if properly planned.VAMC Albuquerque. This system also uses walk-through interstitial space between occupied floors for mechanical. Therapeutic Environment . and bid. designed. easily accessed. for instance positioning "soft spaces" such as administrative departments. this provides continuing adaptability to changing programs and needs. and easily modified mechanical and electrical systems y y y y Where size and program allow. with no first-cost premium. NM Flexibility and Expandability Since medical needs and modes of treatment will continue to change. rather than highly specific ones Be served by modular. be designed on a modular system basis. y Be open-ended. with well planned directions for future expansion. adjacent to "hard spaces" such as clinical laboratories. and plumbing distribution. hospitals should: Follow modular concepts of space planning and layout Use generic room sizes and plans as much as possible. The VA Hospital Building System also allows vertical expansion without disruptions to floors below. such as the VA Hospital Building System. For large projects. electrical.

and pattern should all give cues. and staff all need to know where they are. see VA Signage Design Guide.) Some important aspects of creating a therapeutic interior are: Using familiar and culturally relevant materials wherever consistent with sanitation and other functional needs y y Using cheerful and varied colors and textures. texture. Every effort should be made to make the hospital stay as unthreatening. (As an example. and stress-free as possible. comfortable. photo murals of nature scenes are helpful where outdoor views are not available Designing a "way-finding" process into every project. loss of visual acuity. and how to get there and return. y y y Admitting ample natural light wherever feasible and using color-corrected lighting in interior spaces which closely approximates natural daylight Providing views of the outdoors from every patient bed.) For an in-depth view see WBDG²Therapeutic Environments. disorient older or impaired patients. . particularly some psychiatric patients . keeping in mind that some colors are inappropriate and can interfere with provider assessments of patients' pallor and skin tones. identify. and elsewhere wherever possible. Building elements. visitors. as well as artwork and signage. and abusiveness. or agitate patients and staff. The interior designer plays a major role in this effort to create a therapeutic environment. color. (See VA Interior Design Manual. A hospital's interior design should be based on a comprehensive understanding of the facility's mission and its patient profile. A patient's sense of competence is encouraged by making spaces easy to find. Patients. other physical and mental disabilities. and use without asking for help.Hospital patients are often fearful and confused and these feelings may impede recovery. what their destination is. The characteristics of the patient profile will determine the degree to which the interior design should address aging.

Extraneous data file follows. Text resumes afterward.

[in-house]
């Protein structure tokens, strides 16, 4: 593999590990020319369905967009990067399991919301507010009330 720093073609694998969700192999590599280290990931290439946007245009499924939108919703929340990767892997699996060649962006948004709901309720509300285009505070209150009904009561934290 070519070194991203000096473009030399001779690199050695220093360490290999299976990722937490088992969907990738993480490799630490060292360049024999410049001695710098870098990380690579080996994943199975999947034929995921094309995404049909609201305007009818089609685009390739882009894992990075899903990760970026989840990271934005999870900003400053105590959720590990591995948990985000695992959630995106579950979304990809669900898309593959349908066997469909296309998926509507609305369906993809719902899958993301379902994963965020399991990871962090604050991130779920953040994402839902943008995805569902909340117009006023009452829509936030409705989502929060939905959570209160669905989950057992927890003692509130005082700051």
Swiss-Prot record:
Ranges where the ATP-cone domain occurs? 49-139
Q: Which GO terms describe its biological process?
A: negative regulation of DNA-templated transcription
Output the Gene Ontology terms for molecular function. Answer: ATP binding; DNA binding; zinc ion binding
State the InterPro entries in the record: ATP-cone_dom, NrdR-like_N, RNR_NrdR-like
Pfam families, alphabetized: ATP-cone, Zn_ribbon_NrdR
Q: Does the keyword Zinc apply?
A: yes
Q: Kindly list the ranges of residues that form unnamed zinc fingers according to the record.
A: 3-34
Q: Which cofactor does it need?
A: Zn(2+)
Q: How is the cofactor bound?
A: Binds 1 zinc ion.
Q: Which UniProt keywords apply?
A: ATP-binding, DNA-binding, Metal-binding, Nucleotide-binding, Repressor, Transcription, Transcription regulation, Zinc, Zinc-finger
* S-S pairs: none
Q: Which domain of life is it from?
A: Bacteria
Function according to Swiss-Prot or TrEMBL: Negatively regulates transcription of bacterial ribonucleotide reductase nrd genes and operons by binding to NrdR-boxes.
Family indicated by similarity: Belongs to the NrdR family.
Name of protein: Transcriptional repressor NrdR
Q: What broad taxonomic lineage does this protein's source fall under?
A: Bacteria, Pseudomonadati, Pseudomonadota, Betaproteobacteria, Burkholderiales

if federally funded or owned. .Cross-section showing interstitial space with deck above an occupied floor Cleanliness and Sanitation Hospitals must be easy to clean and maintain. be designed so as to be easy to use by the many patients with temporary or permanent handicaps Ensuring grades are flat enough to allow easy movement and sidewalks and corridors are wide enough for two wheelchairs to pass easily Ensuring entrance areas are designed to accommodate patients with slower adaptation rates to dark and light. This is facilitated by: Appropriate. y Accessibility All areas. Much of this circulation should be controlled. finishes. casework. marking glass walls and doors to make their presence obvious Controlled Circulation A hospital is a complex system of interrelated functions requiring constant movement of people and goods. and details for spaces which are to be kept sterile. durable finishes for each functional space Careful detailing of such features as doorframes. The new antimicrobial surfaces might be considered for appropriate locations. both inside and out. such as integral cove base. should: Incorporating O&M practices that stress indoor environmental quality (IEQ) y y y y Comply with the minimum requirements of the Americans with Disability Act (ADA) and. the Uniform Federal Accessibility Standards (UFAS) In addition to meeting minimum requirements of ADA and/or UFAS. and finish transitions to avoid dirt-catching and hard-to-clean crevices and joints y y y y Adequate and appropriately located housekeeping spaces Special materials.

including incapacitated patients. and offices Compatibility of exterior design with its physical surroundings y y y y y y Security and Safety In addition to the general safety concerns of all buildings. and detail Bright.y y y y y Outpatients visiting diagnostic and treatment areas should not travel through inpatient functional areas nor encounter severely ill inpatients Typical outpatient routes should be simple and clearly defined Visitors should have a simple and direct route to each patient nursing unit without penetrating other functional areas Separate patients and visitors from industrial/logistical areas or floors Outflow of trash. or because they may be highly visible public buildings with an important role in the public health system. natural materials. recyclables. and textures Use of artwork Attention to proportions. scale. and staff Safe control of violent or unstable patients Vulnerability to damage from terrorism because of proximity to high-vulnerability targets. open.) It is important in enhancing the hospital's public image and is thus an important marketing tool. color. attractive. food and building maintenance services Aesthetics is closely related to creating a therapeutic environment (homelike. generously-scaled public spaces Homelike and intimate scale in patient rooms. and soiled materials should be separated from movement of food and clean supplies. consultation rooms. and both should be separated from routes of patients and visitors y y Aesthetics Transfer of cadavers to and from the morgue should be out of the sight of patients and visitors Dedicated service elevators for deliveries. including drugs Protection of patients. hospitals have several particular security concerns: Protection of hospital property and assets. Aesthetic considerations include: Increased use of natural light. A better environment also contributes to better staff morale and patient care. y y y y Sustainability . day rooms.